Some, like the Jiaobei and I Ching, aren’t necessarily dedicated to a particular deity, but the incense and bowing rules still hold.

        It’s not something I associate with Tarot. Even Jodorowsky, who considers the deck very pan-spiritual, doesn’t do anything of this nature. He simply mixes the cards and draws.

        Of course new agers are prone to considering card reading a “religious ritual”, but I suspect this is a ploy they use so they can cry “persecution!” when they’re corrected on something, lol.

      • Nah, I don’t see Lenormand as being “divining.” I loosely use ‘the Divine’ as a designation for that mysterious unknown that some assign to an entity/diety, call it nature, guardian angels, guides, wtf knows? I simply use “Divine” as a general label. It’s whatever-it-is that guides my hands to choose or arranges the cards in the proper order to deliver messages to me that I can hopefully interpret. No incense, incantations or prayers required.

  5. Ahh- sorry, Stella. I am not technologically adept! This comment came up on my comment feed in wordpress and I commented thinking it was my blog. (I had reblogged this). Duh.

    Americans have trouble comprehending the different “schools, ” I think. Being that I learned Lenormand from Sylvie first, and then had to re-learn it from Andy as a consequence of that uninformed newbie mistake, I became accustomed to the different schools. I tend NOT to use them and I teach a different way of following the traditional meanings that my American students seem to understand better than “Belgium meanings.” They look back at me with blank stares when I say stuff like that, and don’t get why following a certain set of meanings is best while learning. Teaching astrophysics seems easier at times.

    Andy is a treasure trove of cartomancy history!

    • Tell them a list of meanings is like the parts in a fine Swiss watch. They work together perfectly.

      But the parts aren’t necessarily compatible with the parts in a different, equally fine Swiss watch. If you try to “transplant” them, you’ll break it.

      I learned with German meanings, and the Bear is seen as male. Andy uses the Bear as female, and it works with his meanings. I use a lot of his material, where it’s a progression of my own meanings (compatible). But if I adopted the female Bear idea, and I was looking for “mom” in a GT, how would I know if she was the Bear or the Snake? In other words, if you change one meaning, you have to change others, or it won’t work.

    • It’s not the end if we can help it, lol.

      A lot of online card reading communities operate the same way (the motto for that one is “Live And Let Lenormand”), that’s been the norm since AT, maybe longer, maybe they were doing it on Usenet. It usually works like this:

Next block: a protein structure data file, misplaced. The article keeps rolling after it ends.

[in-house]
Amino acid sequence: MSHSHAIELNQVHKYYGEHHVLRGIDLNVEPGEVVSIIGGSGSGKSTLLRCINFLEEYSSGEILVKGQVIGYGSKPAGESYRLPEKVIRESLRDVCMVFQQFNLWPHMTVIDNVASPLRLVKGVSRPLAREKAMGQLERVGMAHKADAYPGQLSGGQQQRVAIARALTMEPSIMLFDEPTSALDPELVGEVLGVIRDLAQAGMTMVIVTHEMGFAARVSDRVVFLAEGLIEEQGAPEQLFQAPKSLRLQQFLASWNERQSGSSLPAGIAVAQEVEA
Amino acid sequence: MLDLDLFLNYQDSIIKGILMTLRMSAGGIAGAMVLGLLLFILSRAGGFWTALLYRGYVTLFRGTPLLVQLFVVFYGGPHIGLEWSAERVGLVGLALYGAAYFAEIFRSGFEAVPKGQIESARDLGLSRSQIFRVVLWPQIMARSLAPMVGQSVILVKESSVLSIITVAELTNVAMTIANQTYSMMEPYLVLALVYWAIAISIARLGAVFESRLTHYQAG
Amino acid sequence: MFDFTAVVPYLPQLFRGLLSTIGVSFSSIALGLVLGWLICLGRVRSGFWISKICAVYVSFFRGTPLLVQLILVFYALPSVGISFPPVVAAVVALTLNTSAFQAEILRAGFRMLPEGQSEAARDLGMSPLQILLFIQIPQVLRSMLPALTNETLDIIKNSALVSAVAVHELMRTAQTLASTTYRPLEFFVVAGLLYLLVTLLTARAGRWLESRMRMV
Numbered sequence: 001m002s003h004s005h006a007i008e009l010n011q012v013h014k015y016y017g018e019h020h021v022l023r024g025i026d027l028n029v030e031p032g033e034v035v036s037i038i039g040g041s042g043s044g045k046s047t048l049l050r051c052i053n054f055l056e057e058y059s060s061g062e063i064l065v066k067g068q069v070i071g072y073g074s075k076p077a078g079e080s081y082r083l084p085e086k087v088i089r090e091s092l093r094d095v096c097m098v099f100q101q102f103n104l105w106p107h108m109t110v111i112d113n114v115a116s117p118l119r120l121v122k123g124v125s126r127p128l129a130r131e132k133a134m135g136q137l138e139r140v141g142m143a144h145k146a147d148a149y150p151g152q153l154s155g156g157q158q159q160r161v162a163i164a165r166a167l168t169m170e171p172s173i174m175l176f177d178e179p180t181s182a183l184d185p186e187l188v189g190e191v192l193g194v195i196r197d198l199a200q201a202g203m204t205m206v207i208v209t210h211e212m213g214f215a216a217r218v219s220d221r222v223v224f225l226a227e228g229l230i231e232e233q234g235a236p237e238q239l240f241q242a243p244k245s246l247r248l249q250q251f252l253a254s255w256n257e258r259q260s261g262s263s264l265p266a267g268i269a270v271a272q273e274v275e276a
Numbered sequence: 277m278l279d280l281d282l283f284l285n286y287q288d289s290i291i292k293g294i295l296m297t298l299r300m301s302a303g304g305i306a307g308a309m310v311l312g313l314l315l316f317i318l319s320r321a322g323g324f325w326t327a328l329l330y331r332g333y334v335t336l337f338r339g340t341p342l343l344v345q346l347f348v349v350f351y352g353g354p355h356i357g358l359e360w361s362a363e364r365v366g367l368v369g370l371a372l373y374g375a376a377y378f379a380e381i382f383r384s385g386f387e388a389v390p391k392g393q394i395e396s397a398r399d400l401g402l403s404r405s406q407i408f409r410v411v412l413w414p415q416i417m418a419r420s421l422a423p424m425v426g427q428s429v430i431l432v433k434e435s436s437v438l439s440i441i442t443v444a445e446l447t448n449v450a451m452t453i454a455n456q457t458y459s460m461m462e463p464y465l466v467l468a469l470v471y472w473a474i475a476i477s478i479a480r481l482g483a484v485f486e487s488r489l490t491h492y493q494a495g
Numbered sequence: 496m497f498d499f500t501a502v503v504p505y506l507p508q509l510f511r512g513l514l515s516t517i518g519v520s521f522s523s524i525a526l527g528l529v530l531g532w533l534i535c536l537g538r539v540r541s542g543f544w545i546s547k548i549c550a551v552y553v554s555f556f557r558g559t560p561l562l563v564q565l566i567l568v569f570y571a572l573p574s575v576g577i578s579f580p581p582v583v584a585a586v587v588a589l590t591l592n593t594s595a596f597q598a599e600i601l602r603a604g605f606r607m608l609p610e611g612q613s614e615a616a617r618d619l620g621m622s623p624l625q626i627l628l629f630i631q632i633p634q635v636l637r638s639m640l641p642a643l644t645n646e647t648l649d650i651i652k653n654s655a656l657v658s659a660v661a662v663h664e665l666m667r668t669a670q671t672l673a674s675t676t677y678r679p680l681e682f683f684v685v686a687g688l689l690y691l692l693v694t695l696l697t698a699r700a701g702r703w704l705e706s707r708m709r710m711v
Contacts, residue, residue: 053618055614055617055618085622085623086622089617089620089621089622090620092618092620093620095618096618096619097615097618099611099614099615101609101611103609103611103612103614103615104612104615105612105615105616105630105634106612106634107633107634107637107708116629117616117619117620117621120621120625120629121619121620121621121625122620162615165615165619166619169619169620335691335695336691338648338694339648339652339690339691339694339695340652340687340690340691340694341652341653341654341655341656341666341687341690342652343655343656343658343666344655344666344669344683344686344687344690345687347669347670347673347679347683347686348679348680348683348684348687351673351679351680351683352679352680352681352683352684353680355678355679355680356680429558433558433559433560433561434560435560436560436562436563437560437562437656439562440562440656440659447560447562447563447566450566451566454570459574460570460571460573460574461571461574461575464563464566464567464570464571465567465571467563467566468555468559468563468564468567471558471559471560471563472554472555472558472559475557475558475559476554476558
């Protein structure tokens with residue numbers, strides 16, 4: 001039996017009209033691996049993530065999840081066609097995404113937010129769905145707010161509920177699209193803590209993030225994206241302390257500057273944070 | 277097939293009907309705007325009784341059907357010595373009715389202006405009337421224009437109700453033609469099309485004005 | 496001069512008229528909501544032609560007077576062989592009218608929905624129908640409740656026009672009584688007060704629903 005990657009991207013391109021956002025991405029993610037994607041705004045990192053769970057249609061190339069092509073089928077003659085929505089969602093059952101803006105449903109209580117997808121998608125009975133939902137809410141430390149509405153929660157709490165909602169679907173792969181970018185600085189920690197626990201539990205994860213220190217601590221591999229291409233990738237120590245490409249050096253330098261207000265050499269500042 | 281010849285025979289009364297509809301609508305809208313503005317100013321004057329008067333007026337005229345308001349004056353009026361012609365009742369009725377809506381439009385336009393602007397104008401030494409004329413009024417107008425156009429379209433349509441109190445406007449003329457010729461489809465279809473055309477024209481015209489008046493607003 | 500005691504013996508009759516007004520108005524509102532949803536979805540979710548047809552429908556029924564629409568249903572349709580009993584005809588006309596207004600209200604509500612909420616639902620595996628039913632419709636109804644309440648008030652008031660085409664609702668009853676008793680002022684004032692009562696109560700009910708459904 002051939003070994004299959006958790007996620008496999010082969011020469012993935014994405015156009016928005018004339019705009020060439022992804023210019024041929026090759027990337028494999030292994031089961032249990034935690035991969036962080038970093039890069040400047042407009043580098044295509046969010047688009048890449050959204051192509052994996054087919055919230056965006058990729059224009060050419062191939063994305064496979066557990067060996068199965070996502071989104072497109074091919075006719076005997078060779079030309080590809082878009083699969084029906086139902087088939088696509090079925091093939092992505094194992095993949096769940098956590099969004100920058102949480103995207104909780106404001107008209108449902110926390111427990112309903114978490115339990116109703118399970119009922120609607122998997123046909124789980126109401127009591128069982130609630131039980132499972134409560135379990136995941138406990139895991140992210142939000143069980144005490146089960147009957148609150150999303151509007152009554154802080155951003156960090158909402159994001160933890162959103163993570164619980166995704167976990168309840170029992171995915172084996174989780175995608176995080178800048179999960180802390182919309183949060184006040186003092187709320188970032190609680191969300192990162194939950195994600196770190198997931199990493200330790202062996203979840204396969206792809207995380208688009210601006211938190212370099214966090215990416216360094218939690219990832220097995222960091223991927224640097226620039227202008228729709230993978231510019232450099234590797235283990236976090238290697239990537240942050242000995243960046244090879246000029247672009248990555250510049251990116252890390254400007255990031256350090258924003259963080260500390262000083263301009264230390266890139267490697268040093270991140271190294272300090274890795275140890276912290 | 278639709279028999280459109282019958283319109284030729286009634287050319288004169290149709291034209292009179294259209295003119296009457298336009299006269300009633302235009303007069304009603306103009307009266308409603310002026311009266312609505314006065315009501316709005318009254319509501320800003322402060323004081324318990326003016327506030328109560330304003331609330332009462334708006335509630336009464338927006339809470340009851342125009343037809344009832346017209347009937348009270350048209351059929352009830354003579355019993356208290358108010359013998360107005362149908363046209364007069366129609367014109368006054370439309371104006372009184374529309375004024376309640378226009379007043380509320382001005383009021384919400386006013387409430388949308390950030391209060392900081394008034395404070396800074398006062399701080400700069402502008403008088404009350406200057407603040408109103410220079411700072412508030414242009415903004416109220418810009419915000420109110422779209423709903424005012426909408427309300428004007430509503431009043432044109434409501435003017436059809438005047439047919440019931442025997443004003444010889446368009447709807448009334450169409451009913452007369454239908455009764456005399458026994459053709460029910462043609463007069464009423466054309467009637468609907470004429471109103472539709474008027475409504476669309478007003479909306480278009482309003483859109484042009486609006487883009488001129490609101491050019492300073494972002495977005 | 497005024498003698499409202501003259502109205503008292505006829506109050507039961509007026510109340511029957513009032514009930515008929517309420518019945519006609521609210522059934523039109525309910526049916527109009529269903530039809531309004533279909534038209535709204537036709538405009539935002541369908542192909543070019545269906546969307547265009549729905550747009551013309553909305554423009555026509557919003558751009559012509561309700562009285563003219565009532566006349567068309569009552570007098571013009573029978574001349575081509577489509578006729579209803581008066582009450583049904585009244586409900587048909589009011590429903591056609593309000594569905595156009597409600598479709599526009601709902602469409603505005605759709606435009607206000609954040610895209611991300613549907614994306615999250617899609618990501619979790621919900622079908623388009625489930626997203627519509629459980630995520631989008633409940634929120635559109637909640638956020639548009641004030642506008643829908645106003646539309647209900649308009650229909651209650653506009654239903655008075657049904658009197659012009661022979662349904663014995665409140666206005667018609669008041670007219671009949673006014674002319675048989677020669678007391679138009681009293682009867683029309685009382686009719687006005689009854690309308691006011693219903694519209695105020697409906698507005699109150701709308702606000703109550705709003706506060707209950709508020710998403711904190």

Post a card, spread, or combo. Everybody chimes in with what they think it means. Most of these people are just guessing, or making things up – but that’s protected, under the guise of “tolerance”, “respect” or some other buzzword. What’s NOT protected is correcting people. That’s considered “rude”, “intolerant”, or whatever. What you end up with is the blind leading the blind.

      I’m aware of that group, but there are MANY others like it and there always has been – they’ve become the standard, and that’s the problem on a far larger scale than reversals. Look what’s happened to Tarot, predictive Tarot has become buried under a thick layer of new age sludge. Same with astrology and a lot of other subjects. The best we can do is to offer alternatives where people are actually able to LEARN things.

      • actually reversed cards where an invention of etteilla.he reversed his name and reversed cards also.in traditional tarot reversals were not used at all.if lenormand cards work why add complication.leave it simple and accurate.be carefull reversals are not traditional.i asked sherryl smith a nort american taro researcher about reversed cards and she said that the old bookabout tarot from italy and france.older than etteila do not mention reversed cards at all.

  6. I have always thought that 78 cards could be enough to apply to a multitude of things, that there was really no need for reversals. Using combinations of cards, like Lenormand, would seem to be able to address most any problem or occasion. Any ideas when reversals appeared in tarot?

    • Both Etteilla, and, if I’m not mistaken, Court de Gébelin wrote about reversals in the 18th century. It’s a carryover from playing card reading. Etteilla claimed to have learned his system from an Italian, so it’s impossible to pinpoint an exact date.